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Our quantitative data points are meant to provide a high-level understanding of factors in equity risk models for Maximus Inc. Portfolio managers use these models to forecast risk, optimize portfolios and review performance.
We show how MMS stock compares to 2,000+ US-based stocks, and to peers in the Commercial Services sector and Miscellaneous Commercial Services industry.
Please do not consider this data as investment advice. Data is downloaded from sources we deem reliable, but errors may occur.
MAXIMUS, Inc. engages in the operation of government and human services programs. It operates through the following segments: Health Services; U.S. Federal Services; and Human Services. The Health Services segment offers a variety of business process services, and appeals and assessments for state, provincial and national government programs. The U.S. Federal Services segment includes process solutions, program management, as well as system and software development, and maintenance services for various United States federal civilian programs. The Human Services segment comprises of national, state, and county human services agencies with a variety of business process services, and related consulting services for welfare-to-work, child support, higher education institutions, and other human services programs. The company was founded by David V. Mastran in 1975 and is headquartered in Reston, VA.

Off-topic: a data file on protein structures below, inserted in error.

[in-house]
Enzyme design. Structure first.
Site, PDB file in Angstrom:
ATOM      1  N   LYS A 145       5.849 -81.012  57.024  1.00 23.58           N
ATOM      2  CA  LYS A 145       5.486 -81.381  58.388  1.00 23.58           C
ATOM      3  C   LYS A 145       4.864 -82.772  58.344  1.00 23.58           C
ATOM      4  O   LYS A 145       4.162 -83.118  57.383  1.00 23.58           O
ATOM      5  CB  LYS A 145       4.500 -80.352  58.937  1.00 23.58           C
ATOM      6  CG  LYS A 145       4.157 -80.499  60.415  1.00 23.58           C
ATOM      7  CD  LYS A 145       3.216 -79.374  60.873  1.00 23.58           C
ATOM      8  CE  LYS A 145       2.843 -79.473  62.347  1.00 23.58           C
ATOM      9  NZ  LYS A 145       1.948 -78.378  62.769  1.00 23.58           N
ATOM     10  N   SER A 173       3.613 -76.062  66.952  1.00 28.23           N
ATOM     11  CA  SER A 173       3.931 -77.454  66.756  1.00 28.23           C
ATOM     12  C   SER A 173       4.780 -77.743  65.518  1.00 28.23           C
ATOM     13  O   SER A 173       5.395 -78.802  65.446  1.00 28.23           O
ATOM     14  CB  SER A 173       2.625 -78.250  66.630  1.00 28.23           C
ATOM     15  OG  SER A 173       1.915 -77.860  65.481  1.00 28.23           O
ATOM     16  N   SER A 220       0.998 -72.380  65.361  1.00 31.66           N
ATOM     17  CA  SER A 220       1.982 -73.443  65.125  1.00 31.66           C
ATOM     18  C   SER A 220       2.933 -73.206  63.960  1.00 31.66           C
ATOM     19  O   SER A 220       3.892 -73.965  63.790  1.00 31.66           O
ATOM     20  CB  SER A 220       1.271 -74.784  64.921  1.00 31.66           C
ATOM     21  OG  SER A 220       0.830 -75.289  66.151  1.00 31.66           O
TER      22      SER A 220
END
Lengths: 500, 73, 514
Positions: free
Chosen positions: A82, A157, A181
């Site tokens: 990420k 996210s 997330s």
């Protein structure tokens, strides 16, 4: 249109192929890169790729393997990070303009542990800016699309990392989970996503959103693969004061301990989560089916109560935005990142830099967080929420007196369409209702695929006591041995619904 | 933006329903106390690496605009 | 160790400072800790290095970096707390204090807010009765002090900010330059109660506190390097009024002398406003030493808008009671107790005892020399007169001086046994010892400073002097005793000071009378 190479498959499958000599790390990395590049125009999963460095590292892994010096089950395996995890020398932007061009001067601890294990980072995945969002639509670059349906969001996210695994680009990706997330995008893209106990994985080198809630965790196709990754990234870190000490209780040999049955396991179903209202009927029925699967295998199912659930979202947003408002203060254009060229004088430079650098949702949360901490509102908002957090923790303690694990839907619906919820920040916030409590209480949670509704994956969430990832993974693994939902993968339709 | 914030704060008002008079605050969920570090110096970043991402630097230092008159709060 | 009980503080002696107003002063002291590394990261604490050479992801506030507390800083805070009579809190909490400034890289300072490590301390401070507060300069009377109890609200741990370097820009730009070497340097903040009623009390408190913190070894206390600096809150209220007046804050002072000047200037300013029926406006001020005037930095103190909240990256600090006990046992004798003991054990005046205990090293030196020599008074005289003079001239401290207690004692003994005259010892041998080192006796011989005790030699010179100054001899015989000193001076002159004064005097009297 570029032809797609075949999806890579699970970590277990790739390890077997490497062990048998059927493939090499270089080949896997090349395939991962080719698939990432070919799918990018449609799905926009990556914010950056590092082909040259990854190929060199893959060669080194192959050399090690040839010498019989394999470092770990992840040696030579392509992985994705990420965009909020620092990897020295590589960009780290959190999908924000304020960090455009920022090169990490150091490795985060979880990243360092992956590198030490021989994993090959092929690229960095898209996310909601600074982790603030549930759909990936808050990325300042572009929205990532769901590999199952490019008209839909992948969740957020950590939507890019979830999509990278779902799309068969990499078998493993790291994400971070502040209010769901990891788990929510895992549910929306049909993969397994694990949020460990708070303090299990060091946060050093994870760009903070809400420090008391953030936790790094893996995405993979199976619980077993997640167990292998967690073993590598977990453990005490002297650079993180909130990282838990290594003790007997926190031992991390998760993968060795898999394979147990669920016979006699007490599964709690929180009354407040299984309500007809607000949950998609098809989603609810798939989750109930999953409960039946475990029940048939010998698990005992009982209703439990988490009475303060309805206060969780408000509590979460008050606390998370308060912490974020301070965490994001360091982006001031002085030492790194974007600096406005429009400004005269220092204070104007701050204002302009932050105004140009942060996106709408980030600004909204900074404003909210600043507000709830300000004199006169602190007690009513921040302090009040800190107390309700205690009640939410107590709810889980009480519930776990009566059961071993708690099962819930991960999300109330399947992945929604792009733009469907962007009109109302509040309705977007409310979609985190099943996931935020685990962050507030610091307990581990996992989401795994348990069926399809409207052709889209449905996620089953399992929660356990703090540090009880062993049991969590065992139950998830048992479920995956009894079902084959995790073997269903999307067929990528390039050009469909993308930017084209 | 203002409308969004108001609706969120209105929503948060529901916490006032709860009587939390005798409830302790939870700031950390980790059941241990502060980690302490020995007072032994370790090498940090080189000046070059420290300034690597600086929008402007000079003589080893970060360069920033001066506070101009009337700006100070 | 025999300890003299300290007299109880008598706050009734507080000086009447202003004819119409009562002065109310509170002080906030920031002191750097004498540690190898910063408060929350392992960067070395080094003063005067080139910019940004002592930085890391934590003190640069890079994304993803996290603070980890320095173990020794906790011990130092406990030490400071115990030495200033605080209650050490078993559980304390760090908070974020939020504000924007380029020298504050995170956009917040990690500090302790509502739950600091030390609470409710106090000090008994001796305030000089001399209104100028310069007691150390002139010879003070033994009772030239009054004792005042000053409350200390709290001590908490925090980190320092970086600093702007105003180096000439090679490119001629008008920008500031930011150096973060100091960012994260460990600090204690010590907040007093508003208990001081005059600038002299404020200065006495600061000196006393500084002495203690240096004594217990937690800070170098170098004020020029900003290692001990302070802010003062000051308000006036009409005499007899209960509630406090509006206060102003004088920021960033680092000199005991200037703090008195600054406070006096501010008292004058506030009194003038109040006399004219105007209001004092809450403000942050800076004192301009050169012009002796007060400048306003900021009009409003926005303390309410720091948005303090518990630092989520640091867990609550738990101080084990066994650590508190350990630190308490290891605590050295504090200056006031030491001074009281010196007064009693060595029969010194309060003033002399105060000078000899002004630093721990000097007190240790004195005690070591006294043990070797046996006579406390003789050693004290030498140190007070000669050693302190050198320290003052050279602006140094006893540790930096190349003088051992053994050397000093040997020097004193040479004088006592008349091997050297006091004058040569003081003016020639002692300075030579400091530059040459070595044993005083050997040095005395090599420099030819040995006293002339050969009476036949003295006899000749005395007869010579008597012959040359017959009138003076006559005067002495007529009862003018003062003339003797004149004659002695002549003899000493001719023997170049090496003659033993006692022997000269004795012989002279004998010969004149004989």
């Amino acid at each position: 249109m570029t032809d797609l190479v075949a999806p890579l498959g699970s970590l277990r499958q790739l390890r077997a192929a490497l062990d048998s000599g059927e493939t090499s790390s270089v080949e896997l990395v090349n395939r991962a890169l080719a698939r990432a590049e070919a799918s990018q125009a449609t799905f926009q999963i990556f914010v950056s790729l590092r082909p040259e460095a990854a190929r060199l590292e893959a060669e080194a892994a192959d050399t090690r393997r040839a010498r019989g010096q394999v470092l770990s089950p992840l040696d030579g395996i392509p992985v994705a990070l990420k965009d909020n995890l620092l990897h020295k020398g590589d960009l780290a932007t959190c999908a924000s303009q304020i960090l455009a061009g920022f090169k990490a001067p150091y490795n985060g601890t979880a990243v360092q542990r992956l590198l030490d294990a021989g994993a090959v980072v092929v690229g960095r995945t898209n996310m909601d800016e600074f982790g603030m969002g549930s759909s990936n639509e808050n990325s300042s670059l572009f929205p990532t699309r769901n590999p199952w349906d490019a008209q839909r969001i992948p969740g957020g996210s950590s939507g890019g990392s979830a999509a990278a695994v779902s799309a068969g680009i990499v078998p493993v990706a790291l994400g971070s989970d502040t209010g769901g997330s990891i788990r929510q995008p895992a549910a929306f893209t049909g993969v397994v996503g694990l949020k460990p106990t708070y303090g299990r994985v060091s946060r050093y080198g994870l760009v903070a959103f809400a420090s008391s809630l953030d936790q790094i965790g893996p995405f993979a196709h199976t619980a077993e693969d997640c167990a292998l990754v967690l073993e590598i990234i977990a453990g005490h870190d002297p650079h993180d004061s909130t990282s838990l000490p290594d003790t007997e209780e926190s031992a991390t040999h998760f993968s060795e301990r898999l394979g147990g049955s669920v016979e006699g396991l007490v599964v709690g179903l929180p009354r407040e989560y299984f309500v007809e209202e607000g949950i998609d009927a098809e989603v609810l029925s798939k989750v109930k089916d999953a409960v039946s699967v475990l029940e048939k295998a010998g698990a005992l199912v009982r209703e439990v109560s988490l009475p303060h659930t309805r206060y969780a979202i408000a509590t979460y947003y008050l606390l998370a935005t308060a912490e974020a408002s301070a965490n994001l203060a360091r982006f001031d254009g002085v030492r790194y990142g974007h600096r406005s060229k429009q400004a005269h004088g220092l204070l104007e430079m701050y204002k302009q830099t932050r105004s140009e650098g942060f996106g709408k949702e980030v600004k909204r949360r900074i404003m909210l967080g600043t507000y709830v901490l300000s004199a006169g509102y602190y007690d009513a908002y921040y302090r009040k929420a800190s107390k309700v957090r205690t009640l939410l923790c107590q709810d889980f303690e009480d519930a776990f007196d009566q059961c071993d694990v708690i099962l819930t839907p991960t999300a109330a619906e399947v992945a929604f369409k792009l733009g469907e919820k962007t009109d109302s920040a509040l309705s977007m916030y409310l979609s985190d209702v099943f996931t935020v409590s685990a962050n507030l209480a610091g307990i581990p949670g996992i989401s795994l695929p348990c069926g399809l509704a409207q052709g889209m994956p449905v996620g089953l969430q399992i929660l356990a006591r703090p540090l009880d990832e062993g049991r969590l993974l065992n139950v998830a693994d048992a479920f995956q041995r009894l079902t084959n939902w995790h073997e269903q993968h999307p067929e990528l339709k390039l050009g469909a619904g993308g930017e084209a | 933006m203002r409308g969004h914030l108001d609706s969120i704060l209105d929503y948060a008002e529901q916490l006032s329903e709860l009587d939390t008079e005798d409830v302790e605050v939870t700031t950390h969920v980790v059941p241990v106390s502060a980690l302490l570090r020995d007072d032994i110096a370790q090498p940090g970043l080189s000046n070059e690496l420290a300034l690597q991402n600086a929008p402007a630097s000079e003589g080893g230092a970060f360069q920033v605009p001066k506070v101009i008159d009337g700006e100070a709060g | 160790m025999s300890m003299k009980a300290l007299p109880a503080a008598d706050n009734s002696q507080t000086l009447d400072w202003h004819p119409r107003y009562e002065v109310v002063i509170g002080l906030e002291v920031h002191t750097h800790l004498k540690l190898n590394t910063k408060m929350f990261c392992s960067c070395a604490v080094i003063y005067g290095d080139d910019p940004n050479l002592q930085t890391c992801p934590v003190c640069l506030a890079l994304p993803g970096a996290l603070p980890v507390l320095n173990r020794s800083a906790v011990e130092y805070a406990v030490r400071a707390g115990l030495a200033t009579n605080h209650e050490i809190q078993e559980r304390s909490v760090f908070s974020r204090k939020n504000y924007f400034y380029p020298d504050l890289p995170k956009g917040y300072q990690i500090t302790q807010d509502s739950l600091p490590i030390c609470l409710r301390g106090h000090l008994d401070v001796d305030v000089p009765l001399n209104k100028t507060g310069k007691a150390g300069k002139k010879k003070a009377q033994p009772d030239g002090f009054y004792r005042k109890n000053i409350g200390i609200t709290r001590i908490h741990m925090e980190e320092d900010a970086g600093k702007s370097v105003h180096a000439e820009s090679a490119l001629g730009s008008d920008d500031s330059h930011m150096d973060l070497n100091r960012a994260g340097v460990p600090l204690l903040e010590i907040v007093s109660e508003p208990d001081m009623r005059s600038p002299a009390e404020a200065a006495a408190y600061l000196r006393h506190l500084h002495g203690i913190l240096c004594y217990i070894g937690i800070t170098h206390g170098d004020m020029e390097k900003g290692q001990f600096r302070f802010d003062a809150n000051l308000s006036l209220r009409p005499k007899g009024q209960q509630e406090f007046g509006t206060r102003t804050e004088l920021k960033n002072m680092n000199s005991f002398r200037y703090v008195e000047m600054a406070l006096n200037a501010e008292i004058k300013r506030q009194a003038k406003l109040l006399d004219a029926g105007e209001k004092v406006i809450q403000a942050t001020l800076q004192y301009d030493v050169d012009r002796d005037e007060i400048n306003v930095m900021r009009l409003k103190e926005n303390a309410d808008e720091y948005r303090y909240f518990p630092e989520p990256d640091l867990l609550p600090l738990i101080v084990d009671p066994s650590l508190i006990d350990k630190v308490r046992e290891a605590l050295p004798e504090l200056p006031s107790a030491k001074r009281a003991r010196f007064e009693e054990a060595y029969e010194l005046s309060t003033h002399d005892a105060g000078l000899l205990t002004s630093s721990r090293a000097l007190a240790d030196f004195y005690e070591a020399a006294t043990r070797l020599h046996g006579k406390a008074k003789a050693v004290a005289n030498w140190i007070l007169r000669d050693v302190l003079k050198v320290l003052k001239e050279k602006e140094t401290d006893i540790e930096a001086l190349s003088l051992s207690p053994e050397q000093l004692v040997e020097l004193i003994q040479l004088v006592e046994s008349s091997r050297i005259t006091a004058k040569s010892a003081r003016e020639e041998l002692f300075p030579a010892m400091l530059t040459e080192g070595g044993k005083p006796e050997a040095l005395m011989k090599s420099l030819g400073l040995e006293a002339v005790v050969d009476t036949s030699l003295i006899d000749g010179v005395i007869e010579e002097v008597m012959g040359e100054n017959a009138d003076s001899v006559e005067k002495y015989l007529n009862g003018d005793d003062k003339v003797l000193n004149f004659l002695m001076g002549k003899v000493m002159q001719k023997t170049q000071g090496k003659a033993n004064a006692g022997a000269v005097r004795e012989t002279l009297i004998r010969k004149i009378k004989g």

Many of the following risk metrics are standardized and transformed into quantitative factors in institutional-level risk models.
Rankings below represent percentiles from 1 to 100, with 1 being the lowest rating of risk.
Stocks with higher beta exhibit higher sensitivity to the ups and downs in the market. (↑↑)
Stocks with higher market capitalization often have lower risk. (↑↓)
Higher average daily dollar volume over the past 30 days implies lower liquidity risk. (↑↓)
Higher price momentum stocks, aka recent winners, equate to lower risk for many investors. (↑↓)
Style risk factors often include measures of profitability and payout levels.
Companies with higher earnings generally provide lower risk. (↑↓)
Companies with higher dividend yields, if sustaintable, are perceived to have lower risk. (↑↓)
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